The City Council has laid over votes on Franklin, Prior, Third and Western for a further month to September 25th.
While the council did not share their reasoning for the layover, the most likely reason is to allow them to obtain a legal opinion from the city attorney, as we and Mr. Hoeschler urged at last week’s council meeting and in subsequent correspondence.
In a letter to the City Council sent after last week’s meeting, Mr. Hoeschler warned the city not to proceed without the backing of a legal opinion:
…the council would be proceeding in the face of contrary written opinions by both the Supreme Court and the District Court. This would amount to at least bad faith and possibly even fraud as proscribed by the city charter.
In our email and executive summary to the council, we reiterated similar concerns:
The city attorney’s statement at the Council Meeting on August 21st that the city was simply ‘proceeding’ under the fee power and not the tax power is not credible and not in line with Minnesota law.
Over the past few years, the City’s default position has been to press on regardless of the law. This has resulted in much expensive, time-consuming, and ultimately avoidable litigation. The recent litigation over organized trash collection is a prime example. Judge Millenacker’s decision on SMSP is a clear signal to the city that the fee theory is no more legal under the rebranded SMSP than it was under ROW. With this information now in hand, we’re glad the City Council is taking the time to reconsider its position on the legality of these assessments.
We’ve reached out to the council for comment on the layover, and will update this post if we hear any more from them.
Update (9/3/19): As we thought, the council has asked for this layover to give the city attorney time to assess the legal and policy implications of Judge Millenacker’s recent decision. That decision is clear: despite the changes the City made to the old ROW program, these assessments are taxes, not fees, and must pass the ‘special benefit’ test in order to be legal.
The City Council has delayed a vote on the revised assessments for Franklin Ave., Prior Ave., Third Ave., and Western Ave by a week to August 28th.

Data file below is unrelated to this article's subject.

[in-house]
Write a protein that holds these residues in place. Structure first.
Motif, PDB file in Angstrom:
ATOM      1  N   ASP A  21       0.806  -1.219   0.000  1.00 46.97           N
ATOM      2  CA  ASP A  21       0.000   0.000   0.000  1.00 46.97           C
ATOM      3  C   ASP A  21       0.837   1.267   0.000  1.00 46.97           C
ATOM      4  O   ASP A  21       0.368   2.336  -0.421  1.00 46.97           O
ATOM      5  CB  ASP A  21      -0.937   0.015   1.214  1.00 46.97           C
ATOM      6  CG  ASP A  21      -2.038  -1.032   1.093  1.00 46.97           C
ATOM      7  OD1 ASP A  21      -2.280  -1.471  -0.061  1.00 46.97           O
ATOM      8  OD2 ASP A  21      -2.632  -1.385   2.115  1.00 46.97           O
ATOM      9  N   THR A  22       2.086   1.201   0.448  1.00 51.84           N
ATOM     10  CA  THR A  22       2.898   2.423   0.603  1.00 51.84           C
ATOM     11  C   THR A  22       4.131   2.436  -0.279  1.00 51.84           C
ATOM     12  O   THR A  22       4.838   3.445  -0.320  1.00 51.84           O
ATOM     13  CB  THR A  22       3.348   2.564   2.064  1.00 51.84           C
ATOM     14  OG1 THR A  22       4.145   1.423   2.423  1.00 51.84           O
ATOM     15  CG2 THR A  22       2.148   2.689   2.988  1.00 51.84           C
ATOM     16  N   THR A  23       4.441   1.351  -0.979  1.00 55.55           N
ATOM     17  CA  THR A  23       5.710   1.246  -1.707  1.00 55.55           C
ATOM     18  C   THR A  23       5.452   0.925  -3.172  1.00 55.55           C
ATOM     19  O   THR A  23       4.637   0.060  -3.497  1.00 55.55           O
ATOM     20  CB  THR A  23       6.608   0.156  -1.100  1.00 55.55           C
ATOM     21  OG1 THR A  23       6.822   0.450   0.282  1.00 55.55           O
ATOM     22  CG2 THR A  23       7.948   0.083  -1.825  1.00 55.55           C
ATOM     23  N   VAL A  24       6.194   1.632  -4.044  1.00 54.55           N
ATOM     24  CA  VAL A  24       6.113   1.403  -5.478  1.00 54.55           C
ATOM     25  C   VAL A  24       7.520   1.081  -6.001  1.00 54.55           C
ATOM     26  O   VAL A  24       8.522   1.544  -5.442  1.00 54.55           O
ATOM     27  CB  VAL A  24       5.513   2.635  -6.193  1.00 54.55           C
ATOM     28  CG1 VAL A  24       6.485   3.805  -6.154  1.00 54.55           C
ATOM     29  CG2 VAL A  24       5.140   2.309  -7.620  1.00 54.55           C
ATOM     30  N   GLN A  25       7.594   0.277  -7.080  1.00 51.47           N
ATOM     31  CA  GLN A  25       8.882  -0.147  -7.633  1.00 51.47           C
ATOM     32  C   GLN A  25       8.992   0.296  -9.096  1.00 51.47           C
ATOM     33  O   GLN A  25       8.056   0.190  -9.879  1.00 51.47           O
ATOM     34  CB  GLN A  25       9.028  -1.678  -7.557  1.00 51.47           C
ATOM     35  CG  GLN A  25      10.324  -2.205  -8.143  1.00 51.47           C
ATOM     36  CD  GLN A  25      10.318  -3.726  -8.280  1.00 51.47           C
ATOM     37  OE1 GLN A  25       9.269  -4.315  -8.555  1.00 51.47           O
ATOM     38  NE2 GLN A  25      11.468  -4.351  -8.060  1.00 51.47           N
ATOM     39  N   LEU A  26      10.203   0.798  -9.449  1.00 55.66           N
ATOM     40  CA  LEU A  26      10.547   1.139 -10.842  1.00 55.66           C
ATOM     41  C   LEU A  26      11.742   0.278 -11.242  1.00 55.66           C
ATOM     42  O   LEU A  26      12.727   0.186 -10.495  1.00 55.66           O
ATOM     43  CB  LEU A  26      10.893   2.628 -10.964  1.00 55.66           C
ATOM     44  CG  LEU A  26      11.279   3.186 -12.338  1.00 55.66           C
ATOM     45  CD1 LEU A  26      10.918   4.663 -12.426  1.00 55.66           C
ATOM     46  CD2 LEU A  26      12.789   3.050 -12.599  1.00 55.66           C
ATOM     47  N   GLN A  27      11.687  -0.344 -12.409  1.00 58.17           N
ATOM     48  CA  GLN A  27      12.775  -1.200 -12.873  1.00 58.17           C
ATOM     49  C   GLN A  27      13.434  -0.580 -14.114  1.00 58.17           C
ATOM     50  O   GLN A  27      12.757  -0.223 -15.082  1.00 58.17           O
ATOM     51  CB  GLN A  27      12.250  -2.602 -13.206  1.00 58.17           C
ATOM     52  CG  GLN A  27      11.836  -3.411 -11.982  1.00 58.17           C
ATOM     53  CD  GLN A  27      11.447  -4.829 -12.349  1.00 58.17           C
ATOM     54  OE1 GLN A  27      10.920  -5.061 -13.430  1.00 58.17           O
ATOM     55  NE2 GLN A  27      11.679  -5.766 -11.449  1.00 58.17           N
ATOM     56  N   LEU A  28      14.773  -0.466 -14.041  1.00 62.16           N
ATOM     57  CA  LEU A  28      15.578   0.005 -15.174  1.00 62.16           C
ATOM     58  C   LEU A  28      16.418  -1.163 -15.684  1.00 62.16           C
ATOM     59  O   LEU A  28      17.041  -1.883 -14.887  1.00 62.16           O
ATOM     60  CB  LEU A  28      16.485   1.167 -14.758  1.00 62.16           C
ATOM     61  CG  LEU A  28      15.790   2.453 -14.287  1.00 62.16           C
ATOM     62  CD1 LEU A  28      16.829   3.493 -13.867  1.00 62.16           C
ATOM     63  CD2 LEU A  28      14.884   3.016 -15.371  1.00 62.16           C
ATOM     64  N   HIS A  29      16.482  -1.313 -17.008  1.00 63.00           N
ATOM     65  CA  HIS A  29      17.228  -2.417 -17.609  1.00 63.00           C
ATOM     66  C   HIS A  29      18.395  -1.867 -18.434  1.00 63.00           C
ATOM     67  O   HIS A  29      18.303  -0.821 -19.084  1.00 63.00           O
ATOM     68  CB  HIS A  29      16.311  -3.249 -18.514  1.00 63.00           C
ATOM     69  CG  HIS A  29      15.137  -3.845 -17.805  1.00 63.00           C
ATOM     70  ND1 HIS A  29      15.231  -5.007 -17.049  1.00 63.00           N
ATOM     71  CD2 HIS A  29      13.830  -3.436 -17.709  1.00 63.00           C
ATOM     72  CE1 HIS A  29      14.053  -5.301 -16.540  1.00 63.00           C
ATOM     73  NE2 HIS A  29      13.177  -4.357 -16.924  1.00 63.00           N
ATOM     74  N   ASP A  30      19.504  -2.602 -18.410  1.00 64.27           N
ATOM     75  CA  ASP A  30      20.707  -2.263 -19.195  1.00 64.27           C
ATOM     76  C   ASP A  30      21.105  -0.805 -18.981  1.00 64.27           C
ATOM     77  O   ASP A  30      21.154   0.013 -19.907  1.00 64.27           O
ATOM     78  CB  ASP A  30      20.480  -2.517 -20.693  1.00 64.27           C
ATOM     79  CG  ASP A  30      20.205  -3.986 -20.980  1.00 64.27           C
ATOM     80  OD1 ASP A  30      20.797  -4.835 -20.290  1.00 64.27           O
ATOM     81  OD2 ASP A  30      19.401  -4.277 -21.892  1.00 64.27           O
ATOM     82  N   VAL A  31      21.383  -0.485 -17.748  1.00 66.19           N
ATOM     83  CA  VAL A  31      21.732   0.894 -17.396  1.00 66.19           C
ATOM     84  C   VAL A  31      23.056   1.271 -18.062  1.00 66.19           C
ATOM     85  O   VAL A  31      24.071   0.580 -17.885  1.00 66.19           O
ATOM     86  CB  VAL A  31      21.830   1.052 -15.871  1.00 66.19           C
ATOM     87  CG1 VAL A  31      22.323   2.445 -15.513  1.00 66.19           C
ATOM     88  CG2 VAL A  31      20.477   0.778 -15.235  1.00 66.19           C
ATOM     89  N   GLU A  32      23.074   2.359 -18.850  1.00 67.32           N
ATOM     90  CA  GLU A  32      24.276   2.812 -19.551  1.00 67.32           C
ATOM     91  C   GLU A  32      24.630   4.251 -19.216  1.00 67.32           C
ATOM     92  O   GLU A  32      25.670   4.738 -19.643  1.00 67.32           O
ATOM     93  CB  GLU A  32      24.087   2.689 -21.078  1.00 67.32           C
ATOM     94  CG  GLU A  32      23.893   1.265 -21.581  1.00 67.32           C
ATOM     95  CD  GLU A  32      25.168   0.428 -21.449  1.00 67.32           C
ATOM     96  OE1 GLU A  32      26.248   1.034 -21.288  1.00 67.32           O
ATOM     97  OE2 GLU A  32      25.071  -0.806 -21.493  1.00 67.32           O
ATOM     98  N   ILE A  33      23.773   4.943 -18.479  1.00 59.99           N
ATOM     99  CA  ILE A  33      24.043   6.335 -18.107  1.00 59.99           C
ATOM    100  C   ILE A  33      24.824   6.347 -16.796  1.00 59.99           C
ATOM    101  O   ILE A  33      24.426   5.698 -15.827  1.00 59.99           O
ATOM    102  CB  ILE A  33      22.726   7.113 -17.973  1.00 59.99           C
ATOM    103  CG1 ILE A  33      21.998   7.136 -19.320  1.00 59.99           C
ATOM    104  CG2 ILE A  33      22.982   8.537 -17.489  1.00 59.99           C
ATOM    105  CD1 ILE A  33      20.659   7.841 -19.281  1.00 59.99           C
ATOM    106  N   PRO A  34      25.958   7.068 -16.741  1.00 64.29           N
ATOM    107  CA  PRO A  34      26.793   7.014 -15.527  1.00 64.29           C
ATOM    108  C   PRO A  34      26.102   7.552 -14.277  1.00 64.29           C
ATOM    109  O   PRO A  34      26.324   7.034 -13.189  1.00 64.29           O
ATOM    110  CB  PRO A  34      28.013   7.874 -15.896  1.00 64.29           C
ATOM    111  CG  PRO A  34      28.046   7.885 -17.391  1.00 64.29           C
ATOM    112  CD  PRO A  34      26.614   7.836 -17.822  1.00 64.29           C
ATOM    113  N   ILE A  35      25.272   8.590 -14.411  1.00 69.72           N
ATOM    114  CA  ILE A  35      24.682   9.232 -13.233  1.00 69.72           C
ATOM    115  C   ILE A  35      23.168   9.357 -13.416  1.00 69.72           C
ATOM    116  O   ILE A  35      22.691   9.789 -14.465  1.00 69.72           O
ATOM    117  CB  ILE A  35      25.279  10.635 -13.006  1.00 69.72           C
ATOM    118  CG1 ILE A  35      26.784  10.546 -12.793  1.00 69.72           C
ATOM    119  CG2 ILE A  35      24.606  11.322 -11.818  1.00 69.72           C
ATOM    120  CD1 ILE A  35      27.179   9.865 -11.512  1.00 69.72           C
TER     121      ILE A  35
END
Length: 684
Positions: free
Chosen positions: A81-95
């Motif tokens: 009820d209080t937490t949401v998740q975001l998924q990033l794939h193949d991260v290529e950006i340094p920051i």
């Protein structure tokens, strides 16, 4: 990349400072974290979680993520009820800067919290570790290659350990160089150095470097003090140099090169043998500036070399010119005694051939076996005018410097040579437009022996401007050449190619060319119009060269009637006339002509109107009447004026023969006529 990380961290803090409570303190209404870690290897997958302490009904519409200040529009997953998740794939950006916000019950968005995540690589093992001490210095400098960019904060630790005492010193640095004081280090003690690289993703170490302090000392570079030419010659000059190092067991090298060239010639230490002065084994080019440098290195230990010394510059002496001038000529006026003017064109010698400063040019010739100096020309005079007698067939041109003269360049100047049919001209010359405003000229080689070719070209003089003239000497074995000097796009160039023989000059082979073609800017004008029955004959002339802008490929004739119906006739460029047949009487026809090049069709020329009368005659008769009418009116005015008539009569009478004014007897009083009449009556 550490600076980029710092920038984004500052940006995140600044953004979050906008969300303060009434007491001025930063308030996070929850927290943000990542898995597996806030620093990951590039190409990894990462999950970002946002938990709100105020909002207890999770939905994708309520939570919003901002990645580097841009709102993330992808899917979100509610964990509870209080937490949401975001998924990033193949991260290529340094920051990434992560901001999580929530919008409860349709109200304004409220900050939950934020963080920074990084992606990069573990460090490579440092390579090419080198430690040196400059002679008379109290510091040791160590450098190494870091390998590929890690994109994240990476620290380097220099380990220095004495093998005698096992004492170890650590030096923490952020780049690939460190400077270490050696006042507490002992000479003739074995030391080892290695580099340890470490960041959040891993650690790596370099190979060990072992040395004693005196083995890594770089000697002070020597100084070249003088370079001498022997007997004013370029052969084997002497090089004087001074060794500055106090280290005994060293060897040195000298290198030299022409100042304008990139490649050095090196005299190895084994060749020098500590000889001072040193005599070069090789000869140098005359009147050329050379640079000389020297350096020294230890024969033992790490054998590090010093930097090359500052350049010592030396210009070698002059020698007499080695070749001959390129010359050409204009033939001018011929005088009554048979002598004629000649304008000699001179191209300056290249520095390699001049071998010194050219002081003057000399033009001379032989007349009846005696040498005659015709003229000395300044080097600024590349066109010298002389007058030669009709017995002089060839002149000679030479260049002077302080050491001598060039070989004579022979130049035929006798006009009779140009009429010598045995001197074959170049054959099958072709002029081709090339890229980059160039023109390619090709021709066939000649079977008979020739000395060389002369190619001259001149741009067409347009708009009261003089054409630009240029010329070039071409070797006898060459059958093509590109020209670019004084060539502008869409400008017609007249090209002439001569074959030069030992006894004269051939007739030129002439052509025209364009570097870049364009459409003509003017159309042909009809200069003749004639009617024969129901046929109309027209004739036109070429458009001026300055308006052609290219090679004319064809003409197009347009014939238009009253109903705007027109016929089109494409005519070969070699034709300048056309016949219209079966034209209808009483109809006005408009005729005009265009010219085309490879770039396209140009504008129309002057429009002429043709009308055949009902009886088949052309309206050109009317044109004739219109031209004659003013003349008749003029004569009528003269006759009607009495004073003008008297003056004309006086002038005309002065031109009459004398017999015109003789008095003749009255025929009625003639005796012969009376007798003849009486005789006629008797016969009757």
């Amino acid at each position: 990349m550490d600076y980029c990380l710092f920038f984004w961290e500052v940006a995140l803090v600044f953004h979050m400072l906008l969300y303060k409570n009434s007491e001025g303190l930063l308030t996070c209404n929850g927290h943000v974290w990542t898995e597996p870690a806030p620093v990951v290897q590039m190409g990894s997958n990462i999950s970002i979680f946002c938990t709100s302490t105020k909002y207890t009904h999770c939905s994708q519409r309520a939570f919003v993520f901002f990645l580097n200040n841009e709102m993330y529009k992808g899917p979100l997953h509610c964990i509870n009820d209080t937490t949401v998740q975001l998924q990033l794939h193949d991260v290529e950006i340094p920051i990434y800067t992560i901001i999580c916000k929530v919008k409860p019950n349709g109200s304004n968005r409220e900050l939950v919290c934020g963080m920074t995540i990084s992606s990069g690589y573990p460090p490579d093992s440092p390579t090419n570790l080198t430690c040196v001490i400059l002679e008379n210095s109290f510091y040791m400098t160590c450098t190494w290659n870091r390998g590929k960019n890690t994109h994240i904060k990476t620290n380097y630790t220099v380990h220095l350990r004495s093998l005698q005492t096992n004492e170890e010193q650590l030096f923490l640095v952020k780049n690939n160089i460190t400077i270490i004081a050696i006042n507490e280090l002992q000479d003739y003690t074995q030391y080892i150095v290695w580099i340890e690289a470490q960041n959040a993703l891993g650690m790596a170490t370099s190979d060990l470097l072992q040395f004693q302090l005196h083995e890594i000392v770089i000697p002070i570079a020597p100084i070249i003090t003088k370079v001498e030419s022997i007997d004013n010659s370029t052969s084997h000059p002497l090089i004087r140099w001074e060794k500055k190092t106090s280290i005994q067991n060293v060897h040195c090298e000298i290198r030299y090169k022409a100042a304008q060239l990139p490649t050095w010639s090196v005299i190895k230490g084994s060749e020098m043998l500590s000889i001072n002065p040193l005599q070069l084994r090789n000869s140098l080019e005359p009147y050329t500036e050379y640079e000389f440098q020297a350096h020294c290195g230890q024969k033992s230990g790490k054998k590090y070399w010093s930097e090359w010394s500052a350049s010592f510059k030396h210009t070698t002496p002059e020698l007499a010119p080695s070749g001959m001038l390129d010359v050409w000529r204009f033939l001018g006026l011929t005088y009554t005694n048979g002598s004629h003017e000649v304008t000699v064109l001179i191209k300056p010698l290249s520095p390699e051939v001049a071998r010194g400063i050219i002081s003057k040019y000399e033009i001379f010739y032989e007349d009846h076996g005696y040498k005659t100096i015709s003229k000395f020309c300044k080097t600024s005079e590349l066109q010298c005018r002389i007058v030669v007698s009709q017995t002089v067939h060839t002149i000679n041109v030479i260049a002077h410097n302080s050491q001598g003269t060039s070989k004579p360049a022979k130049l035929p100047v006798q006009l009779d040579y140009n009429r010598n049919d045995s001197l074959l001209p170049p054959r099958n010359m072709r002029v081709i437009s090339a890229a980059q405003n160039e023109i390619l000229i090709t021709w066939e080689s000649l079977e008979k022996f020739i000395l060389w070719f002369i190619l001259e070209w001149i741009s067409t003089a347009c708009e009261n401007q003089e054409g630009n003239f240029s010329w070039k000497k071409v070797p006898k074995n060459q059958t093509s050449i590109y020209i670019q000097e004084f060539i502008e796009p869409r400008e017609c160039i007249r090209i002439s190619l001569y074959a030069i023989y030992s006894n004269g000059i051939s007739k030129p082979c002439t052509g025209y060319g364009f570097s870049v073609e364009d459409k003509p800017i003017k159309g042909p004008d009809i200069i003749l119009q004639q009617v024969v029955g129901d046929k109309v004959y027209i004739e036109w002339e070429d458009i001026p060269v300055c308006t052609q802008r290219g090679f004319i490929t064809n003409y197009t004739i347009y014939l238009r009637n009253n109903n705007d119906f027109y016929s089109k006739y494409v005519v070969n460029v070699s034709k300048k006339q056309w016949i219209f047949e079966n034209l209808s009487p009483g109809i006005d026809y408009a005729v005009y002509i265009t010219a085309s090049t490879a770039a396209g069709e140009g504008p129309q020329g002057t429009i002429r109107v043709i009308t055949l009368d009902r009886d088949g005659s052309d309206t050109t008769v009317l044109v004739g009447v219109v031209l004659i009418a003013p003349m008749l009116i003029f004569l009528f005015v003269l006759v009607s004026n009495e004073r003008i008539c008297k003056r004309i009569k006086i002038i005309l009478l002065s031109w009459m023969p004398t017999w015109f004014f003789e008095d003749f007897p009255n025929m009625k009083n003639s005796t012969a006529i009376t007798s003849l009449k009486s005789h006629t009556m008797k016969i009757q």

Simon Taghioff from Fair Streets St. Paul and our attorney Jack Hoeschler both spoke at the public hearing (video).
Public Hearing: Mill & Overlay Unfair and Illegal
Referencing the Mayor’s own words in his budget remarks last week, as well as the Street Conditions Report from the City’s own Public Works Department, Simon highlighted the inadequacy of the current Mill & Overlay policy as a means to pay for our streets:
It would cost $46.5m annually just to maintain the city’s streets at their current, crumbling level, and $51m to bring them up to where they should be. Mayor Carter’s budget allocates just $20m.
If approved today, these Mill & Overlay assessments would raise just $220,000 in revenue over 10 years. Against a $29m annual shortfall. That’s a drop in the bucket. It does nothing to fix our streets. All it does is leave people with bills for thousands of dollars to pay for wear and tear they didn’t cause.
Hoeschler: City “Naked” Without Written Legal Opinion
Mr. Hoeschler drew attention to the precedent established in First Baptist, recently affirmed as applicable to the current Street Maintenance Program at the District Court level in a recent opinion from Judge Millenacker:
The fact of the matter is the Minn. Supreme Court and now the District Court…has repeated that the key question for the City to look at is “What is the purpose of this expenditure?”
If the purpose of this charge is to regulate behavior on the part of the residents, then there could be a legitimate fee associated with that. But if the purpose of this charge is to raise revenue, and I think that’s what it is…then it can only be done by regular taxes, or as a special assessment if you can show that there is a special benefit involved.
When CM Prince asked the City Attorney, Ms. Tierney, to respond, her only reply was that the city was proceeding under its fee power, an argument that has been rejected repeatedly by the courts.
Council Members Not Briefed on Millenacker Judgment
In light of the remarks from Mr. Hoeschler, CMs Prince and Thao moved to lay over the matter for an additional week to August 28th, in order to give them a chance to get a better understanding of the points raised and to read Judge Millenacker’s recent opinion. It’s clear that even after an additional 2 months to reconsider this matter, the Council is not in possession of the information they need to make an informed decision.